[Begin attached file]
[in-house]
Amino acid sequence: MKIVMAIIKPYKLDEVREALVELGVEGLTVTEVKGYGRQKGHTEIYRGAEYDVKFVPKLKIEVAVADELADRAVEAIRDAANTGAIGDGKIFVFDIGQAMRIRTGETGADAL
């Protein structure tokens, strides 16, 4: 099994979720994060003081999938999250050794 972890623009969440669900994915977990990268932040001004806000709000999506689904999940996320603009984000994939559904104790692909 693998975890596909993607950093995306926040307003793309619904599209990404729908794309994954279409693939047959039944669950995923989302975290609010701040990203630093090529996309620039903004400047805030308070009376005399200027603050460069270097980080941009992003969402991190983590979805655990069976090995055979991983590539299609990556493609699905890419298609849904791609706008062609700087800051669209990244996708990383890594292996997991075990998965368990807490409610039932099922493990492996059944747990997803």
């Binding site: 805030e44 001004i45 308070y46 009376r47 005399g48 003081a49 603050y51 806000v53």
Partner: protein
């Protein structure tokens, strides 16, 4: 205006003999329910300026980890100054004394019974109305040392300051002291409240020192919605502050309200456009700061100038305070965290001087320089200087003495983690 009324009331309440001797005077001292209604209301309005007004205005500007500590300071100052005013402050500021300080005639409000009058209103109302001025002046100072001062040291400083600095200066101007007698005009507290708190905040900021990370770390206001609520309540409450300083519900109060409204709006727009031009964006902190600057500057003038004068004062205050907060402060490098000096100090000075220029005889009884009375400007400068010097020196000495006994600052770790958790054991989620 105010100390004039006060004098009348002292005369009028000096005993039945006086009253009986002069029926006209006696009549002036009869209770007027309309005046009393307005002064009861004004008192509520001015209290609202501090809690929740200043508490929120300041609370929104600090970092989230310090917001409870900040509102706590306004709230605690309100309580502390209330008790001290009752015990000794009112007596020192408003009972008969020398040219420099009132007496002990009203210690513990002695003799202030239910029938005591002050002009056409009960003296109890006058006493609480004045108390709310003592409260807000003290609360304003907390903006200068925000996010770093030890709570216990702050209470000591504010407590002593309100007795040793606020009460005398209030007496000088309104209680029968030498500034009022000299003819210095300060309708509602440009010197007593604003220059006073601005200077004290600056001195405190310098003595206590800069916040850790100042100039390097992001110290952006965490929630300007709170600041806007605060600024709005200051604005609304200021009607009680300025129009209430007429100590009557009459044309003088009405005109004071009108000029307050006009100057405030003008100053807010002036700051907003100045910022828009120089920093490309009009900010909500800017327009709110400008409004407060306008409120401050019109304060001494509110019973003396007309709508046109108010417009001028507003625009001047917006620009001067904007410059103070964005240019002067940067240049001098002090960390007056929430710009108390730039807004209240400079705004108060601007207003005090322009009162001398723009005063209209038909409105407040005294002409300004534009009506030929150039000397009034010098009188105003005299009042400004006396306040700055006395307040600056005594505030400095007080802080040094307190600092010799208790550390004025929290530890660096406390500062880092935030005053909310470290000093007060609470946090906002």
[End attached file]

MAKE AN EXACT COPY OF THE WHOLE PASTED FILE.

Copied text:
[in-house]
Amino acid sequence: MKIVMAIIKPYKLDEVREALVELGVEGLTVTEVKGYGRQKGHTEIYRGAEYDVKFVPKLKIEVAVADELADRAVEAIRDAANTGAIGDGKIFVFDIGQAMRIRTGETGADAL
């Protein structure tokens, strides 16, 4: 099994979720994060003081999938999250050794 972890623009969440669900994915977990990268932040001004806000709000999506689904999940996320603009984000994939559904104790692909 693998975890596909993607950093995306926040307003793309619904599209990404729908794309994954279409693939047959039944669950995923989302975290609010701040990203630093090529996309620039903004400047805030308070009376005399200027603050460069270097980080941009992003969402991190983590979805655990069976090995055979991983590539299609990556493609699905890419298609849904791609706008062609700087800051669209990244996708990383890594292996997991075990998965368990807490409610039932099922493990492996059944747990997803």
């Binding site: 805030e44 001004i45 308070y46 009376r47 005399g48 003081a49 603050y51 806000v53």
Partner: protein
């Protein structure tokens, strides 16, 4: 205006003999329910300026980890100054004394019974109305040392300051002291409240020192919605502050309200456009700061100038305070965290001087320089200087003495983690 009324009331309440001797005077001292209604209301309005007004205005500007500590300071100052005013402050500021300080005639409000009058209103109302001025002046100072001062040291400083600095200066101007007698005009507290708190905040900021990370770390206001609520309540409450300083519900109060409204709006727009031009964006902190600057500057003038004068004062205050907060402060490098000096100090000075220029005889009884009375400007400068010097020196000495006994600052770790958790054991989620 105010100390004039006060004098009348002292005369009028000096005993039945006086009253009986002069029926006209006696009549002036009869209770007027309309005046009393307005002064009861004004008192509520001015209290609202501090809690929740200043508490929120300041609370929104600090970092989230310090917001409870900040509102706590306004709230605690309100309580502390209330008790001290009752015990000794009112007596020192408003009972008969020398040219420099009132007496002990009203210690513990002695003799202030239910029938005591002050002009056409009960003296109890006058006493609480004045108390709310003592409260807000003290609360304003907390903006200068925000996010770093030890709570216990702050209470000591504010407590002593309100007795040793606020009460005398209030007496000088309104209680029968030498500034009022000299003819210095300060309708509602440009010197007593604003220059006073601005200077004290600056001195405190310098003595206590800069916040850790100042100039390097992001110290952006965490929630300007709170600041806007605060600024709005200051604005609304200021009607009680300025129009209430007429100590009557009459044309003088009405005109004071009108000029307050006009100057405030003008100053807010002036700051907003100045910022828009120089920093490309009009900010909500800017327009709110400008409004407060306008409120401050019109304060001494509110019973003396007309709508046109108010417009001028507003625009001047917006620009001067904007410059103070964005240019002067940067240049001098002090960390007056929430710009108390730039807004209240400079705004108060601007207003005090322009009162001398723009005063209209038909409105407040005294002409300004534009009506030929150039000397009034010098009188105003005299009042400004006396306040700055006395307040600056005594505030400095007080802080040094307190600092010799208790550390004025929290530890660096406390500062880092935030005053909310470290000093007060609470946090906002």